Why she never received that critical call remained a sore spot for months. After receiving a complaint from her, the Niagara Health System launched an internal investigation that found proper protocol had been followed - the results of the CT scan were sent by mail to the doctor who ordered them, who has the responsibility to inform the patient.

The NHS confirmed this is how its process works, although officials would not discuss Andrusyszyn-Heto's case, citing privacy regulations.

Andrusyszyn-Heto even consulted a lawyer and briefly considered legal action against those she says are responsible for failing to inform her. She has since changed her mind. She did not want to name the clinic or the doctor. For that reason, The Standard was unable to contact them for comment.

"The lawyer said it would take years and years for it to reach a conclusion. Years I might not have," she says. "We have a case. We would probably win. But what good will that do me? A few thousand dollars? I might not be here to collect it."

Instead, Andrusyszyn-Heto has focused on joining cancer research fundraising causes and, more importantly, pressing the NHS to improve its process.

Last week, Andrusyszyn-Heto received a letter from the NHS telling her the process has changed. Critical test results will be faxed to the ordering physician and the NHS will follow up to ensure the doctor received them.

The NHS confirmed the change in process.

The changes have come too late for Andrusyszyn-Heto, but she says she can take some comfort that no one else's test results will slip through the cracks.

"This cannot happen again. It cannot happen to anyone else," she says. "That's the important thing."

Once again, where does one start in this unfortunate tale? How about the fact that until now, this all fell under "proper protocol", and only now has been changed? And yes, perhaps not getting tangled up in a long court battle is the thing to do, but on the other hand, why shouldn't an estate be able to carry on a court case as long as necessary to obtain justice in this case?
Seems that no one's to blame for anything here.
This all happened under the auspices of Dalton McGuinty's Liberal-run health care monopoly - yet there was no mention of, or comment from, any Liberal politician in regards to this issue.
And why should there be, right: it's not as if Jim Bradley has - or ever had - anything to do with enforcing Ontario's health care monopoly!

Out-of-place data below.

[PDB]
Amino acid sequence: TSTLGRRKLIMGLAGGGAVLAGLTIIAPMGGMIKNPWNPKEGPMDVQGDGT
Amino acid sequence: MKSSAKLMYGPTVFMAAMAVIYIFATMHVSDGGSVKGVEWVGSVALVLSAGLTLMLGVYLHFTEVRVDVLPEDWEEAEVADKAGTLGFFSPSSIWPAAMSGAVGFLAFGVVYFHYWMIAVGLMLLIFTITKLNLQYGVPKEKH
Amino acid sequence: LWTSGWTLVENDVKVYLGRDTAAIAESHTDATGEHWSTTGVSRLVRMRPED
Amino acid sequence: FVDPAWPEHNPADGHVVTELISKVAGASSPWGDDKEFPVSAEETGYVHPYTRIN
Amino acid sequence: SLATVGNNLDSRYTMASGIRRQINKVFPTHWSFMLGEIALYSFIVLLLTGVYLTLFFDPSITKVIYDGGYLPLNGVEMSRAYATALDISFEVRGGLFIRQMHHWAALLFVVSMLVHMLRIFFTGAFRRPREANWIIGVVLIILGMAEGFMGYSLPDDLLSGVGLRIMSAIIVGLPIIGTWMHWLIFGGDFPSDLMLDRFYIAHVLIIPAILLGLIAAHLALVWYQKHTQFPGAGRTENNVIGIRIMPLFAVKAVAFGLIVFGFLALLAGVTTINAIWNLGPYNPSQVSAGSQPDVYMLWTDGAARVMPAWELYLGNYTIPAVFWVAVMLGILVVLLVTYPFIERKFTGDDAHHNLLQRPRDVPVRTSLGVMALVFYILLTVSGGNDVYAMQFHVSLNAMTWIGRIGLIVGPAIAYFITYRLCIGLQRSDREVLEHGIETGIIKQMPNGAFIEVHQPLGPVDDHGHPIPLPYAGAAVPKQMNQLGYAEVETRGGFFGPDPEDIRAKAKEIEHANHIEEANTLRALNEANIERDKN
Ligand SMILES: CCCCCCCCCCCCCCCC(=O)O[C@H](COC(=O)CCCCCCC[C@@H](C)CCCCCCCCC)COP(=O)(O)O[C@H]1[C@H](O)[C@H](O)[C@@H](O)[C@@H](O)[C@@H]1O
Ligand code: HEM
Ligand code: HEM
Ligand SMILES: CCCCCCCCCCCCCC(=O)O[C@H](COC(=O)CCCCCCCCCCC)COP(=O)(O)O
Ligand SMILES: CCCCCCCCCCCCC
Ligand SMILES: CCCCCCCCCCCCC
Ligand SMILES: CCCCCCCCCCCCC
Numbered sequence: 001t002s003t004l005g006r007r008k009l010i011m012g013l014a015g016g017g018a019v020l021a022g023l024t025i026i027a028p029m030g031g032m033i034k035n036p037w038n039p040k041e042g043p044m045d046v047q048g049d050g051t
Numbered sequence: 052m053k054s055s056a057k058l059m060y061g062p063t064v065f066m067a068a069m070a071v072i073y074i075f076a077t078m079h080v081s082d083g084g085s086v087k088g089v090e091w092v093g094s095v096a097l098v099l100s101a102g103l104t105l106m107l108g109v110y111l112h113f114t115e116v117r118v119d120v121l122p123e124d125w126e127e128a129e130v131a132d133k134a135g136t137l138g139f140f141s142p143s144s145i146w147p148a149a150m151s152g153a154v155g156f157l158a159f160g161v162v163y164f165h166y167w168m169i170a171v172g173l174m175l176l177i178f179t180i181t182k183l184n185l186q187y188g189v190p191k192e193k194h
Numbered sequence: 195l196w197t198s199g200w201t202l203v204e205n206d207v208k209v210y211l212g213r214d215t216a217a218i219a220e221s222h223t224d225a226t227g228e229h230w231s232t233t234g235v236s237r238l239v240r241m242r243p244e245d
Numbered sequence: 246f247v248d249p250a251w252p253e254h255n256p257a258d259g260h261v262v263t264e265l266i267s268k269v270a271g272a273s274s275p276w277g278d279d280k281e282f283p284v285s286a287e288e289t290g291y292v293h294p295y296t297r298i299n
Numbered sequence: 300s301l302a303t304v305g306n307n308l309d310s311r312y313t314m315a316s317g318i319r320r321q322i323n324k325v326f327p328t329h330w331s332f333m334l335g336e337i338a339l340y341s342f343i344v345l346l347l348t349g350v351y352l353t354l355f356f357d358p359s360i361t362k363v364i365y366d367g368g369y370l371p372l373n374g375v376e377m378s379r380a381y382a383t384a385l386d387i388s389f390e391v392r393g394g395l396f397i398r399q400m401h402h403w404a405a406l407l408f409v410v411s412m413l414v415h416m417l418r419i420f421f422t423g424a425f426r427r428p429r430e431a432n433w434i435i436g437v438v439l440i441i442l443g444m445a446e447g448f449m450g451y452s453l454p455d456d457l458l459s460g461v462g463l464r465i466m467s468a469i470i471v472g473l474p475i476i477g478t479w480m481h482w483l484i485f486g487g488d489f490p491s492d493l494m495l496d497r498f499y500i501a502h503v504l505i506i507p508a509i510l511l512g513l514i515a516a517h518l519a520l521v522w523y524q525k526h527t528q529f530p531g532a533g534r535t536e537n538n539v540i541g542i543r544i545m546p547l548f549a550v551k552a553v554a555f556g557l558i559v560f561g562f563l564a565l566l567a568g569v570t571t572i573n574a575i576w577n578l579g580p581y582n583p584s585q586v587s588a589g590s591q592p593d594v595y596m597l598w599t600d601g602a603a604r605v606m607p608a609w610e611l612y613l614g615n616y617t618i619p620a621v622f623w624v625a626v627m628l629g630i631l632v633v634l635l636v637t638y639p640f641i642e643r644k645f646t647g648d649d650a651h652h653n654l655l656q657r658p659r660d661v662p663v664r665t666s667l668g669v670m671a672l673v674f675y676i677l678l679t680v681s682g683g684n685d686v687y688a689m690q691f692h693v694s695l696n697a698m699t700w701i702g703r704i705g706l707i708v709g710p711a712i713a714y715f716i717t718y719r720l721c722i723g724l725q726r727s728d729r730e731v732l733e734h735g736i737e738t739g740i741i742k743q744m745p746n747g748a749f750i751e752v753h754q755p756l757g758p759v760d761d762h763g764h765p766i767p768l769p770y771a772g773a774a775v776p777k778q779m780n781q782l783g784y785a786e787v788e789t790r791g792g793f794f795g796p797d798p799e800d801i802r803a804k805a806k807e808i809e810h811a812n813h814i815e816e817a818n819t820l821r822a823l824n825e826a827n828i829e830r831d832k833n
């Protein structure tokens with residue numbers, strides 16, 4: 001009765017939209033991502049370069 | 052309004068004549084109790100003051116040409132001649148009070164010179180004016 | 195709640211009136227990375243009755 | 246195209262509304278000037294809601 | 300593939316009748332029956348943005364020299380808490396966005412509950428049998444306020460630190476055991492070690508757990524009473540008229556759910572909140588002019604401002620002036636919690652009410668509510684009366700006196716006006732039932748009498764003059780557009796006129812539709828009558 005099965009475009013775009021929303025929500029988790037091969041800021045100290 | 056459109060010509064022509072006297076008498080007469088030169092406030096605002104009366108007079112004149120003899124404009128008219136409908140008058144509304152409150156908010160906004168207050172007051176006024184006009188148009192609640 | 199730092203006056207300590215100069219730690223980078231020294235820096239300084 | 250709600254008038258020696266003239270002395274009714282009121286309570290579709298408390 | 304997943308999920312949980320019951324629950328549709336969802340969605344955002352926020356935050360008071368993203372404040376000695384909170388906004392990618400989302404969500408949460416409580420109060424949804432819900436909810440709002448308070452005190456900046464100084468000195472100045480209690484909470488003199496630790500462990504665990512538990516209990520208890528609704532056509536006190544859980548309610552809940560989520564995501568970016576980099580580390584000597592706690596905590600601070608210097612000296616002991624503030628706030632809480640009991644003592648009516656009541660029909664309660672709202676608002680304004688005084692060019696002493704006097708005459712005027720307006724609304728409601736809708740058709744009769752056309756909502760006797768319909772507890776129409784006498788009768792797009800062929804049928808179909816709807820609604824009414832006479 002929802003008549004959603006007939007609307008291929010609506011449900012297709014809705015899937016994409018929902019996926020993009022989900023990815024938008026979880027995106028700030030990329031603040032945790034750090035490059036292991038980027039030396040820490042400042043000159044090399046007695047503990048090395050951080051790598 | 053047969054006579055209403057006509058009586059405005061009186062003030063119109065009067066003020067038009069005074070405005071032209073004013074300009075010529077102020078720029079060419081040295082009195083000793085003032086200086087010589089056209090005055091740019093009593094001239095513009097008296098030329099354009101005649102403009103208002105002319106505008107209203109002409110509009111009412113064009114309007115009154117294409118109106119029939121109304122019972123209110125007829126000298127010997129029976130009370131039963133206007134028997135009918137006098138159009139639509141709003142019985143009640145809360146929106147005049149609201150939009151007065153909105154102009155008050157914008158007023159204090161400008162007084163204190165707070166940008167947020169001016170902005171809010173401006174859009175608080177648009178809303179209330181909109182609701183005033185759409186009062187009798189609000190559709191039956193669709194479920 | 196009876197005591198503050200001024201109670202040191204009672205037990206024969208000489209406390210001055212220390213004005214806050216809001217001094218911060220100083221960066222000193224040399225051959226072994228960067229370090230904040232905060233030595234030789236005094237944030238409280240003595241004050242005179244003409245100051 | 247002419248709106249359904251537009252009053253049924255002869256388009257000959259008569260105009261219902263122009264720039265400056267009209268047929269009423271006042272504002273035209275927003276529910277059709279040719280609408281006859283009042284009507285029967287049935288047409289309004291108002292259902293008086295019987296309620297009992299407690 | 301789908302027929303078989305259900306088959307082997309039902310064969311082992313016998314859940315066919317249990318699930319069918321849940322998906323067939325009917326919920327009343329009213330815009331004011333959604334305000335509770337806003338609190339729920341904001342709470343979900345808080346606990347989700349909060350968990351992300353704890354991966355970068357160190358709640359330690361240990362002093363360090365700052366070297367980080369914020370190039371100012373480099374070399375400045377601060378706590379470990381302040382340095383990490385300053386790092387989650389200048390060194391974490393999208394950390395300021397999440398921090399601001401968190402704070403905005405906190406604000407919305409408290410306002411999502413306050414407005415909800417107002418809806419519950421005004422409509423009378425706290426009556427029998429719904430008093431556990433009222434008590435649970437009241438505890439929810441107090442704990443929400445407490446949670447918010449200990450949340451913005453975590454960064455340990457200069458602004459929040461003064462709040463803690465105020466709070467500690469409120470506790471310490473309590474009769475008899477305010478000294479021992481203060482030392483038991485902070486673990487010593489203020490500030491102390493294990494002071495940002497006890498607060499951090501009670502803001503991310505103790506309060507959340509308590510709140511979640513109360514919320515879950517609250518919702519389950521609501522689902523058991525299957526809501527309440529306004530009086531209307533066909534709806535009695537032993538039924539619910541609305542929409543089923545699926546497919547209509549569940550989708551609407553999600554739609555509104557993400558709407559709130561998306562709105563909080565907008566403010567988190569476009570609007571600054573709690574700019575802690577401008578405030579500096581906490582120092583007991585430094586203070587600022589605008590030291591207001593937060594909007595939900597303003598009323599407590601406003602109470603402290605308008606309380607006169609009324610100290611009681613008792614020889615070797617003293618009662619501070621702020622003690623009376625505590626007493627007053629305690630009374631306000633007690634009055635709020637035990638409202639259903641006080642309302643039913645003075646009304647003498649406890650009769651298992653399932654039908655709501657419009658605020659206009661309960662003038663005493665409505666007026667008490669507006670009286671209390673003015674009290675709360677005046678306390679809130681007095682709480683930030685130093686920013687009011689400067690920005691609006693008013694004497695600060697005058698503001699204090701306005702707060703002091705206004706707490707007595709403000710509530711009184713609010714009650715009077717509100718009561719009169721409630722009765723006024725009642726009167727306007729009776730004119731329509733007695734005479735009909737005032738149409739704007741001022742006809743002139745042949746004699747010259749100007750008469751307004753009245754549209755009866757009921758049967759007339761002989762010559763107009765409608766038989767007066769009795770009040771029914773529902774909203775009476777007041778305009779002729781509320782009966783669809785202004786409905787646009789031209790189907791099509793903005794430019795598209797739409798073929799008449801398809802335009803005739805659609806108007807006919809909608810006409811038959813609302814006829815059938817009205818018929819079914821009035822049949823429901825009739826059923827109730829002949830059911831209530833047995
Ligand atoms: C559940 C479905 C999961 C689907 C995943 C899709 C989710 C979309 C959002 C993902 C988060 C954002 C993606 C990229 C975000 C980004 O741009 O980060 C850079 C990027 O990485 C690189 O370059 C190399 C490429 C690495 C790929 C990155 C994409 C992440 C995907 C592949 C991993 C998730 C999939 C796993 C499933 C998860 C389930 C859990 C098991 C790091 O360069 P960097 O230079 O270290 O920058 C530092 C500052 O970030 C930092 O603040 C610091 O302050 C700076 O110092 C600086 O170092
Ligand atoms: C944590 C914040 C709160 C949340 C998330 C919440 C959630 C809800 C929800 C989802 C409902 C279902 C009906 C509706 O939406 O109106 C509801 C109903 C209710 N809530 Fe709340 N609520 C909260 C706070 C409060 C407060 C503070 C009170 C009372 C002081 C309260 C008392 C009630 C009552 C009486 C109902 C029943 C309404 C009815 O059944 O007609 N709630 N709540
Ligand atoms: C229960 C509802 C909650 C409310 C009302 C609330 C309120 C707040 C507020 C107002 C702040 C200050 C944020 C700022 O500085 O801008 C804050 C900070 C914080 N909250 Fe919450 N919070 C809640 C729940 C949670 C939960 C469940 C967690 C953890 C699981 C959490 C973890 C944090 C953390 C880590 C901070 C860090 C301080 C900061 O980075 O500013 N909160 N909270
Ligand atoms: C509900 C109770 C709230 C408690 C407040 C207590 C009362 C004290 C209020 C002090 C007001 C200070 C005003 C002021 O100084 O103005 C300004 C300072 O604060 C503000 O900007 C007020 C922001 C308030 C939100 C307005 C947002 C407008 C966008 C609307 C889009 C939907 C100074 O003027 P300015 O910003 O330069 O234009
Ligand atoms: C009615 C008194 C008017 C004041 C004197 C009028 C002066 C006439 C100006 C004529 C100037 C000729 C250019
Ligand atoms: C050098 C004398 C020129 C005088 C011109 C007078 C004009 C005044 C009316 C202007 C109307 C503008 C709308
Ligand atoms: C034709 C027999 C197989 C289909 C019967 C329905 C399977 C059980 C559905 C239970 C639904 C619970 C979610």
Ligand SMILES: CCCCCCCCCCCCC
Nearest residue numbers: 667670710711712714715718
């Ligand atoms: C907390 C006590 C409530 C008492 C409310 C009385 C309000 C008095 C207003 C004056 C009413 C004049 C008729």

A loud-mouthed sanctimonious Jim Bradley used to (supposedly...) stand up for patients - when it was convenient for him...
Now, Jim Bradley is suddenly very quiet about these outrages occurring in his Liberal health care monopoly, right in his own riding.
It's got nothin' to do with Jim!!


Ed said...

All the doctors and nurses are unionized and don't give a damn.

R.Bobak said...

Ontario's doctors aren't unionized, their umbrella group is the OMA, which isn't a 'union' but can act like one. As far as other medical staff, the union mentality unfortunately permeates many aspects of Ontario's health care monopoly. The thing is that no one seems to really be held responsible when these incidents happen.

R.Bobak said...

Further to this subject of Ontario doctors and unions was this interesting letter, titled "Doctors forced to join a 'union'", from Dr.Patrick Little (National Post, Mar.4, 2011):

"Re: Why Wisconsin Matters, editorial reprinted from the Wall Street Journal, March 2.

Forced union membership and forced union dues payments are a fact of life for Ontario physicians. Under provincial legislation, doctors are compelled to pay annual dues to the Ontario Medical Association (OMA). If a physician does not pay the dues voluntarily, the government removes the dues from any of that physicians' earnings and sends the funds to the OMA. This $1,850 deduction takes place even if the physician writes to both the government and the OMA, explaining that he does not want to be represented by the OMA and has no wish to fund any of their activities.

The right not to associate is infringed and, at the same time, physicians have none of the protections that labour law gives union members. For example, there is no membership vote for the position of OMA president."